I don’t take the “pain is pain and arthritis is arthritis whatever type you have” view at all. I have only had RA for a year now, have it relatively mildly and am doing well with 15mgs of MTX so far – so I know luck when I’m staring it in the face.

    But I do feel passionately about changing the way it’s perceived now I know so much more about it myself and I get really fed up with people saying “oh you look too young for that” etc. I will educate when I’ve time and inclination but I do curse the A word to a large degree because this disease is systemic and from my persepective it could be as bad for a person to be told that they have RA as to be told that they have cancer – depending on the nature of the cancer and the presentation of the RA of course.

    We are expected to swallow some of the same immunosuppressant (sp?) drugs – albeit at a smaller dose – but for a much longer time in all likelihood. So why are we so frequently met with a shrug if we tell people we have RA and yet if we told them we had cancer they would look shocked, startled, worried, fearful, and most importantly sympathetic?! Sorry rant over.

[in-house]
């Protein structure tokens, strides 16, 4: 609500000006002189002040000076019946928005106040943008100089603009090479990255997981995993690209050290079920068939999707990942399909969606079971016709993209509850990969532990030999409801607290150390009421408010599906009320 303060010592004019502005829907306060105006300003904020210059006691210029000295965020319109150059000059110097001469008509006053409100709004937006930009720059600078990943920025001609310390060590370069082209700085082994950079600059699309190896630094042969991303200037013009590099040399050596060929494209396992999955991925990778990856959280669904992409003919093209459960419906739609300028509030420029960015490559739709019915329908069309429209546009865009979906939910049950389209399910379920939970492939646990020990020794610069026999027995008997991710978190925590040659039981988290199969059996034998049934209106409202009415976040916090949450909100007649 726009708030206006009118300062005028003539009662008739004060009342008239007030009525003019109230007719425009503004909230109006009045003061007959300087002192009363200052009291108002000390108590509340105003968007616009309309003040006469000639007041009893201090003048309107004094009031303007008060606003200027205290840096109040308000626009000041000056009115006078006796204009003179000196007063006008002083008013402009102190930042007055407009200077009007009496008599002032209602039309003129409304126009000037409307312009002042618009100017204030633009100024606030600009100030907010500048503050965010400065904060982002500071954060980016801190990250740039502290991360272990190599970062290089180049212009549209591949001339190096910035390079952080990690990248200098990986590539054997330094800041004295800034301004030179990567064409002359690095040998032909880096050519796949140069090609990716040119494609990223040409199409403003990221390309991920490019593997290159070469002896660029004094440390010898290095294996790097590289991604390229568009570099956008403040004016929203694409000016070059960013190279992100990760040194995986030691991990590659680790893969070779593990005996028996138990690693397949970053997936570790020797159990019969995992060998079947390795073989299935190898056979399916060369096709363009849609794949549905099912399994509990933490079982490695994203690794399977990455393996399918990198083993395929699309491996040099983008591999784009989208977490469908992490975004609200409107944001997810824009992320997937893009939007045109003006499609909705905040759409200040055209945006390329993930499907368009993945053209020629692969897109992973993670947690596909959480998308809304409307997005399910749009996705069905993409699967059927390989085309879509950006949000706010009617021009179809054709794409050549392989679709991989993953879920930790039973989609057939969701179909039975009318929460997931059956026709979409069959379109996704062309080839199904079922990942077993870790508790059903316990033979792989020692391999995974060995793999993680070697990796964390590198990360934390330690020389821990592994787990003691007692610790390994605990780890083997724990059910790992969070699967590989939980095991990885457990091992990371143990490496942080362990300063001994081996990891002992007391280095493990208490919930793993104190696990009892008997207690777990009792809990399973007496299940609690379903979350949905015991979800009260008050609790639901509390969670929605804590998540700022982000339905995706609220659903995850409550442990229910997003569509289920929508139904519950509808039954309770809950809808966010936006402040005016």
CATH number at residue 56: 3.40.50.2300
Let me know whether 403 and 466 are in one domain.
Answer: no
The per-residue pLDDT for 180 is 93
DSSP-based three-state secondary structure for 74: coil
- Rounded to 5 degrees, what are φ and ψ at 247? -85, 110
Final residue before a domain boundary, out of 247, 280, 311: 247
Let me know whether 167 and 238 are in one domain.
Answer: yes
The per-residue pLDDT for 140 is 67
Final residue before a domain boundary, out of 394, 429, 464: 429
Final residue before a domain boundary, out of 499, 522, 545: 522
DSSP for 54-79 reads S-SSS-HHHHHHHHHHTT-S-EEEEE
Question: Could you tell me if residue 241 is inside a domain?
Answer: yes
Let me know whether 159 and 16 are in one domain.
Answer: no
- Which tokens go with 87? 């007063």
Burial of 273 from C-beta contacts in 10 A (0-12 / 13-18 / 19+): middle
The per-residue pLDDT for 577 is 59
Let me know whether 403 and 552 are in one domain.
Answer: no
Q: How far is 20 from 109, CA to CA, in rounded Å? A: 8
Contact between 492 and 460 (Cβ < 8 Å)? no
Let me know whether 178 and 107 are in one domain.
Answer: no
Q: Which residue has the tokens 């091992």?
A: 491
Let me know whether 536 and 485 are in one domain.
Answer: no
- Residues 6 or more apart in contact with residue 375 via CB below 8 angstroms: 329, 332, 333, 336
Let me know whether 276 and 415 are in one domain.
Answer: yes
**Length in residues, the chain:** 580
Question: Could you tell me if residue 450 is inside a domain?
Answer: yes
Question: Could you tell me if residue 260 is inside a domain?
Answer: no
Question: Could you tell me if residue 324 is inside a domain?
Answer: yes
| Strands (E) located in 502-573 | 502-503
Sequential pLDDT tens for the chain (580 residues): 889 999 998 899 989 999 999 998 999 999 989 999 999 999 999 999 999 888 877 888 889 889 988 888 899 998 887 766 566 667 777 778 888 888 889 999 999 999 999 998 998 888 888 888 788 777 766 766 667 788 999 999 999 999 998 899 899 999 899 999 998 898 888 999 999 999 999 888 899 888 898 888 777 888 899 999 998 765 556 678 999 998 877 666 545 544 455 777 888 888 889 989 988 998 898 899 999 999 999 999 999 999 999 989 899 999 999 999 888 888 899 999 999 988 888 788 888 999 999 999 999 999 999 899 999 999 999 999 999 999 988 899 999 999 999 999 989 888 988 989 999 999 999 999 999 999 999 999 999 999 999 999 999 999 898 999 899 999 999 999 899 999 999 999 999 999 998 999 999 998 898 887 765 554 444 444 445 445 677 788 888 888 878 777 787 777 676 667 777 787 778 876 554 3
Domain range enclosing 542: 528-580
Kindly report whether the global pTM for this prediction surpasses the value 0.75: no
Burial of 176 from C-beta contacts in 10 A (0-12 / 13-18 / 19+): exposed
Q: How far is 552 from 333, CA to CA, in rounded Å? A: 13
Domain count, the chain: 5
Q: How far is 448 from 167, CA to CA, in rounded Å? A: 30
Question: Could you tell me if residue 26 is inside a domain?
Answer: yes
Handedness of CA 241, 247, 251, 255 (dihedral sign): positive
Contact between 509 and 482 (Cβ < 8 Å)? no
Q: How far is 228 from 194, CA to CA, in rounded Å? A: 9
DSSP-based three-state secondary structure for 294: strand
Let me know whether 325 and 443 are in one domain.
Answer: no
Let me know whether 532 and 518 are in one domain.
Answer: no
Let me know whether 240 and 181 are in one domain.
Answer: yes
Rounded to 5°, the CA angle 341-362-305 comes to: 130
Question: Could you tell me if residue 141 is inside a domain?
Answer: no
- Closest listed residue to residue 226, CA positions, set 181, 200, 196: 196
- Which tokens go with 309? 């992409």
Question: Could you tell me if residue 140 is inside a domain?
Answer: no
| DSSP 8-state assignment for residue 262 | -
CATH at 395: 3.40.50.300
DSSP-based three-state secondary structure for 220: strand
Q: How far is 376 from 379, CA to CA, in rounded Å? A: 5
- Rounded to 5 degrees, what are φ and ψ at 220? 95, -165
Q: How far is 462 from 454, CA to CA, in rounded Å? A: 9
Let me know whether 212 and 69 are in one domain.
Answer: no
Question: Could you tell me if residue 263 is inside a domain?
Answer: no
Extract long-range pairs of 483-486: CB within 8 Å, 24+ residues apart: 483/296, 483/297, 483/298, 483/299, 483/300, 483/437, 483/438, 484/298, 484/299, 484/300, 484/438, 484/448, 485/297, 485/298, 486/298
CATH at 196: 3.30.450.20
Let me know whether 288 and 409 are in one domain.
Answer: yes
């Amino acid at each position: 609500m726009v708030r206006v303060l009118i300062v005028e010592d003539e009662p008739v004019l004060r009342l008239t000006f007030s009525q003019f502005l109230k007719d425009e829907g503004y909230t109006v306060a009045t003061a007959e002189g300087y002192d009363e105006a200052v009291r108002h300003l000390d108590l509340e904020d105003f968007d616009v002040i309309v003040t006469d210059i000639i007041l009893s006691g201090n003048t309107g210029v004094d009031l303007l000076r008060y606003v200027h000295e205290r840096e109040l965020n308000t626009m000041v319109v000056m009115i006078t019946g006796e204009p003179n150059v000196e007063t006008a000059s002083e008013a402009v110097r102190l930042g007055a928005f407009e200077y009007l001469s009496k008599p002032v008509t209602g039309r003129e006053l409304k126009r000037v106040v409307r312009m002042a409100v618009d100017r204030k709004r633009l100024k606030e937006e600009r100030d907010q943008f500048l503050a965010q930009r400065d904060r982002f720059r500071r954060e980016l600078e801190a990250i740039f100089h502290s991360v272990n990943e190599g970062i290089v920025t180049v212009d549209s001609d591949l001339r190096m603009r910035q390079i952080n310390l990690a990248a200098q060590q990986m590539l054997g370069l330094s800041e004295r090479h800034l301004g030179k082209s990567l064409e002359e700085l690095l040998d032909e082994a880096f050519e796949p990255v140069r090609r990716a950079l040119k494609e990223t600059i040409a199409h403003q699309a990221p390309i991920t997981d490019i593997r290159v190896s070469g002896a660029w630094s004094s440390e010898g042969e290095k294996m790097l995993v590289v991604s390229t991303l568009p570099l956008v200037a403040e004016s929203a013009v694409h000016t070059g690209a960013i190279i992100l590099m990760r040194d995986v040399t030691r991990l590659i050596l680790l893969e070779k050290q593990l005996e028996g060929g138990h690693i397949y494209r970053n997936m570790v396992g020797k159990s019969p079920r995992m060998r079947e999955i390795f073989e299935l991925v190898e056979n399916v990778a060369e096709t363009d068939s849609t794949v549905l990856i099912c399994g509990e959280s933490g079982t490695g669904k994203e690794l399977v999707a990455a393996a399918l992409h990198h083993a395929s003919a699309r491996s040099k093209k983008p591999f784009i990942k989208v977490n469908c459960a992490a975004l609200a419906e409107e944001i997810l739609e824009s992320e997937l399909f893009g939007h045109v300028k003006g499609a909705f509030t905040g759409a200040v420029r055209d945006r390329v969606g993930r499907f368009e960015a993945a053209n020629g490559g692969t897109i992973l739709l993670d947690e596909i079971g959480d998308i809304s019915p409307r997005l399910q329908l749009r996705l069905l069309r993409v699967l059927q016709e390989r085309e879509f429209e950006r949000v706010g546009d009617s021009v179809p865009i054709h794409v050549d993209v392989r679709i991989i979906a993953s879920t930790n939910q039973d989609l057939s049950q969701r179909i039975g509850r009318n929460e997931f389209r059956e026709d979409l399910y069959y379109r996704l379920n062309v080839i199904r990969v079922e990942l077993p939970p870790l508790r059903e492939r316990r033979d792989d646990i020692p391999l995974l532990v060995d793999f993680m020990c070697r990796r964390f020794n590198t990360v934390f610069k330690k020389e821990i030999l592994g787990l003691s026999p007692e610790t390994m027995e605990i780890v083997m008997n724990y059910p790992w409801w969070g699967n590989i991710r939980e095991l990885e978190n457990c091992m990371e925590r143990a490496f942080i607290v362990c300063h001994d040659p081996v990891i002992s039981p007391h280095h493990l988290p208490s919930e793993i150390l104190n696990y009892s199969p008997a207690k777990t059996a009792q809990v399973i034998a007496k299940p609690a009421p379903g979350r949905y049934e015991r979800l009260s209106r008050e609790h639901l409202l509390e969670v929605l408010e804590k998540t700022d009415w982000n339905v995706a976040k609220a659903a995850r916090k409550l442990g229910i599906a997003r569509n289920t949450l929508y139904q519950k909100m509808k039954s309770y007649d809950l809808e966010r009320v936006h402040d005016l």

I haven’t the time in the day to keep up with your site always as well as the UK ones although I try to read as many of your blogs as I can. But I think you are absolutely fabulous and when I do I almost always feel empowered. Many thanks.
    Christil x

    Reply
    • March 7, 2012 at 2:18 pm
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      Thanks, Christil. Youve brilliantly expressed some of the most critical issues. I’m glad to have you fighting alongside!
      It’s always good to hear “the meds are working” and I hope it continues & suppresses every kind of issue. It’s interesting you point out the long term chemo – I’ve begun tweeting, #WeeklyChemoForever as another way of helping strangers go “huh?” and maybe scratch their heads. Sure the rituxan, mtx, or whatever is a lower dose, but it’s also a permanent diet! No one but my kids seems to act like I’m sick most of the time, except other people with RA – who of course have an idea that just becuase I don’t mention it doesn’t mean I’m doing well.
      Please do stay tuned when you have time. And we’d love to see your input in our rheum4us.org forum when it opens SOON.

      Reply
      • March 16, 2012 at 8:16 pm